American-Israeli discontent with Egypt’s Revolution and the rest of the Middle East

Four weeks have passed since the beginning of the people’s revolution in Egypt and while much of the world celebrates the fall of a dictator and his brutal regime by protesting neighboring dictators in the Arab world, the United States and Israel together stand knee deep in a pool of misconception and disappointment.

January 25 marked the first day of protests in Egypt. Calling for an end to government corruption, police brutality, and violations against social and civil liberties, the crowds of protestors quickly grew in both size and power until finally, on February 11, after almost three weeks of braving state-sponsored intimidation and incitement, Hosni Mubarak waived his office of presidency and fled Cairo. Egypt took its first step toward true democracy and other countries quickly followed suit.

Like many others, I naïvely expected the United States to champion the Egyptian people for their impassioned determination to peacefully bring about democratic reform to a country in which the self-chosen president selfishly amassed $70 billion in personal assets while half of the population lived hungrily on less than $2 a day. But even at the onset of the revolution, the Obama administration made its stance clear: Vice President Biden declared his trust in Mubarak, Hillary Clinton implicitly urged the protestors to reconsider, and President Obama himself failed to support or even acknowledge what conservative news sources managed to frame as the looming threat of democracy in an Arab country.

In all fairness, the U.S. government did eventually manage to align itself with the protesters – due in part to mounting criticism for ignoring Egypt’s galvanic push toward increasingly democratic values but also because, as an expert political analyst once put it, America must always end up on the right side of history.

Nevertheless, this does not discount the fact that the next edition of high school history textbooks can’t claim the U.S. brought democracy, or even the idea of it, to the region. Inspired by the Tunisian revolution the month before, the revolution in Egypt was Egyptian-bred and Egyptian-led. The same can be said in Libya, Algeria, Bahrain, and Yemen today.

Despite the successes (and the horrifying tragedies) of these pan-Arab-like revolutions thus far, it comes as no surprise that the Obama administration’s first foreign response – to Mubarak’s resignation and to the subsequent catalysis of the entire region – was a diplomatic trip to Tel Aviv involving American and Israeli security officials. Concern over the future of Egypt’s already fragile peace treaty with Israel has since taken center stage on Capitol Hill, and Israeli Prime Minister Benjamin Netanyahu continues to voice his disapproval of Mubarak’s resignation and his worry that national authority might transfer to radical extremists intolerant of Israeli policy.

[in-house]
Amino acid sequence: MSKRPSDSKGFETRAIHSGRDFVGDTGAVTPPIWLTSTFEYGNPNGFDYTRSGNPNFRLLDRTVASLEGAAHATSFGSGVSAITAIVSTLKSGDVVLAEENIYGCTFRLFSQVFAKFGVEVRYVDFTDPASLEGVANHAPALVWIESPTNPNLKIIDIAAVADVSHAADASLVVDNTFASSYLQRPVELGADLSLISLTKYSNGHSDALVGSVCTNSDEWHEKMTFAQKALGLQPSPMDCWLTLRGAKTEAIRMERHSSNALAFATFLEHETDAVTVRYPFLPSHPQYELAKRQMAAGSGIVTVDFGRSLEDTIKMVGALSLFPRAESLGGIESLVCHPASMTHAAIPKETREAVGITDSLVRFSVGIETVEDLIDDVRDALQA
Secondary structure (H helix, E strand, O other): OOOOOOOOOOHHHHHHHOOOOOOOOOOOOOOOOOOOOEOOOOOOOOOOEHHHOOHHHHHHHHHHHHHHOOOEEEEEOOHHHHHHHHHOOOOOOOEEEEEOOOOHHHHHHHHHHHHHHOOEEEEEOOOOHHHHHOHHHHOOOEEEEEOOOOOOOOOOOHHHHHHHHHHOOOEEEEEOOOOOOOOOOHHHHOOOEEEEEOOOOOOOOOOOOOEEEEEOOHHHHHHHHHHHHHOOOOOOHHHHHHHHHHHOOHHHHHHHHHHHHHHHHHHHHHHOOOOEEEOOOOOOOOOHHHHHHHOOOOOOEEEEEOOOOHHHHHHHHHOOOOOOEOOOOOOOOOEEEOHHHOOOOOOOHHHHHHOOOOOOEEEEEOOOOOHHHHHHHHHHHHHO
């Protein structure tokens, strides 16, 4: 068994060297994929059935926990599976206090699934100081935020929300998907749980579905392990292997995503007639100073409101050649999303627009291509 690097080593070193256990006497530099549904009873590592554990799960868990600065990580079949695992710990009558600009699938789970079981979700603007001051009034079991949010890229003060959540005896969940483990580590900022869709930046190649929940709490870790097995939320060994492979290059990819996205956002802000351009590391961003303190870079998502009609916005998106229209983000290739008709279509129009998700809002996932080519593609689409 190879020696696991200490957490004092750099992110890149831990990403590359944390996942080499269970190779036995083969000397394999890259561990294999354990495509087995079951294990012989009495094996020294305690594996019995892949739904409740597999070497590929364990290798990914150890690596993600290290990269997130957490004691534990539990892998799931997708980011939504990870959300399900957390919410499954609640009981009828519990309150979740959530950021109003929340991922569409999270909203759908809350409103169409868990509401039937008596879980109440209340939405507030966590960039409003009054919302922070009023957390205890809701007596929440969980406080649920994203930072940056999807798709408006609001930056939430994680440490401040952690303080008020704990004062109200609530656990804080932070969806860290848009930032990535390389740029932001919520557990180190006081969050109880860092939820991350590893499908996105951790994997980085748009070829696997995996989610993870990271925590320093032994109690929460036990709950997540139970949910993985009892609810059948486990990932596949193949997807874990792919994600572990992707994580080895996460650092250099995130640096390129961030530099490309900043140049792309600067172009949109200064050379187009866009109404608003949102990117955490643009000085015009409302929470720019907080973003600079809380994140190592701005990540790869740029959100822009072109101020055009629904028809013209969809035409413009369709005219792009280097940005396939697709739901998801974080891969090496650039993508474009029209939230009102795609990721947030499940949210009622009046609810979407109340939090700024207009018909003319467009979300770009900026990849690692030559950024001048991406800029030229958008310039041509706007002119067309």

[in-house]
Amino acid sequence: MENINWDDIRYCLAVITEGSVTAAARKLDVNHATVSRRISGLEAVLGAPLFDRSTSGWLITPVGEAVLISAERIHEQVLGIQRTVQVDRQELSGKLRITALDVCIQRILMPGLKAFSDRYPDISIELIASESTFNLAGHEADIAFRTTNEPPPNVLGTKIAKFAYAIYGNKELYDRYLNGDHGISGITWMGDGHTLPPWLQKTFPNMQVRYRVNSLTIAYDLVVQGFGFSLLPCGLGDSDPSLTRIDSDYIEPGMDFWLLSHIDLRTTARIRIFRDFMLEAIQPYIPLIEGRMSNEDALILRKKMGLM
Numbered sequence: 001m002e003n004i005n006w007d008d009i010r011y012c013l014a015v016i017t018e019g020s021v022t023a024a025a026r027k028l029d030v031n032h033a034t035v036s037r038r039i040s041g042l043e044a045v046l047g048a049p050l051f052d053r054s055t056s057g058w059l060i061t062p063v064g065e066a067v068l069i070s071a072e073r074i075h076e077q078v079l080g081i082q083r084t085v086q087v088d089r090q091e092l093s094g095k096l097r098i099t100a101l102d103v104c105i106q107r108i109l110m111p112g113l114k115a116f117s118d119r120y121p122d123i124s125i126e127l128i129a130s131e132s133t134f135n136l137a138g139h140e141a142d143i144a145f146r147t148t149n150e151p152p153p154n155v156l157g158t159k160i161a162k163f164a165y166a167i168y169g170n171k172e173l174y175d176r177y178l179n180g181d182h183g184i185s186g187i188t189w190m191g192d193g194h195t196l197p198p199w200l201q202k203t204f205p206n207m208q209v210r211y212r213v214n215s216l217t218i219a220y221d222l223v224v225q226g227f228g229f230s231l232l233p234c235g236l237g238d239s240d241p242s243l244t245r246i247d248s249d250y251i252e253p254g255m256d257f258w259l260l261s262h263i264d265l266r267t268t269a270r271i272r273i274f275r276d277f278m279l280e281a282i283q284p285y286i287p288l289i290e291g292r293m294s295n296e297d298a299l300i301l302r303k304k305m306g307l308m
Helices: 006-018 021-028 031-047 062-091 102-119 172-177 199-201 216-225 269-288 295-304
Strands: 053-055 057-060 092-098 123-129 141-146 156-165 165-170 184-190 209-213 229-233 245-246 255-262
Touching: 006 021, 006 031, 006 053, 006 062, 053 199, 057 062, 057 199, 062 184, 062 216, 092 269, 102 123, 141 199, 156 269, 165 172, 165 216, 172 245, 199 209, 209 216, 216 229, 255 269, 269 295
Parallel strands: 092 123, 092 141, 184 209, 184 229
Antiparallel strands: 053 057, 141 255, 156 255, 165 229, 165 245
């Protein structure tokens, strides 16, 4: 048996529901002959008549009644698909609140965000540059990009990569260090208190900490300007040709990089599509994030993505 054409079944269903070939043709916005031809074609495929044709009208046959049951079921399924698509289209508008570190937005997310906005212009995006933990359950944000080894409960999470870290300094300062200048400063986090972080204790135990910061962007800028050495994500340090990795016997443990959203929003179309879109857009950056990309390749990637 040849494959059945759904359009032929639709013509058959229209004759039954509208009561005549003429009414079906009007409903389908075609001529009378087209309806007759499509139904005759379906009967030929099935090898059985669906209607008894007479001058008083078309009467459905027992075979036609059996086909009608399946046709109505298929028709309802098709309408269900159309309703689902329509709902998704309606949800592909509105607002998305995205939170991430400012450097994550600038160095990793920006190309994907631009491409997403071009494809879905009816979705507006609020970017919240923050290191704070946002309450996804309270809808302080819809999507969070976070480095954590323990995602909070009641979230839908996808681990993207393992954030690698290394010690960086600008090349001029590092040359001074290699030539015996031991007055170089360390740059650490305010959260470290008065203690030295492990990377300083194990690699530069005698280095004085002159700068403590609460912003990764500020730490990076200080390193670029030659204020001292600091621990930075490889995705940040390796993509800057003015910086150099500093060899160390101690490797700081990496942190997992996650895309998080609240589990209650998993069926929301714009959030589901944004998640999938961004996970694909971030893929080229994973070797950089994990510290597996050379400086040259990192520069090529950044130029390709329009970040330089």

Furthermore, the growing reality of North African resistance to U.S.-backed regimes has forced American security officials to reconsider their complicit involvement and interference in Middle Eastern affairs. And in the Gulf, Bahrain is consistently singled out as Iran 2.0. Rather than recognizing the Arab world’s move towards democratic stability, foreign administrations insist on labeling each individual revolution as an Islamist opportunity, a threat to the only European state in the Asian and African Middle East, and a potential for disaster that must be quelled as soon as possible.

It is this exact mentality that undermines both America’s and Israel’s roles as the proverbial beacon of democracy in their respective regions. And it is this very misconceived notion that necessitates the enlightenment of all of those who are critical of the Arab world for criticism’s sake or for the sake of American-Israeli political interests.

Returning to Egypt in particular, the people revolted against Mubarak’s regime because it didn’t represent them, address their national-interest concerns, or even secure their fundamental civil rights. One of Mubarak’s policies that struck an angry cord is his complicity in the Israeli siege of the Gaza Strip. He openly supported the indefinite closure of Gaza’s borders and he refused to use his leverage or political influence to convince Israel to back down in its assault on the territory that left over 1400 dead just two years ago. It is fair to say that his allegiance to the Israeli military drove the population of Egypt against him.

Judging by the American-Israeli reaction to the Egyptian revolt in particular, I’m forced to narrow my conclusions to the following two: Either the West (and by ‘West’ I mean Netanyahu’s Obama-backed administration) inherently despises the Arab world or it openly interprets the region’s population as one tied to extremism, murder, and violence. Whichever it may be, Netanyahu is wrong and his concerns are illegitimate, unrealistic, and based solely on misconception.

The same logic applies to Obama’s administration. What began as a unified push against undemocratic and un-American authoritarianism has since been interpreted and transmuted into a sludge of ill-conceived emotions and ideas. At face value, the U.S. government seemingly appreciates the spread of democracy to Egypt, Libya, and Bahrain, but because Israeli policy is at risk, there will be no pro-democracy festivities on Capitol Hill or in Tel Aviv tonight.

It is this discontentment that makes the Middle Eastern revolution for democracy all the more glorious.

Sami Kishawi

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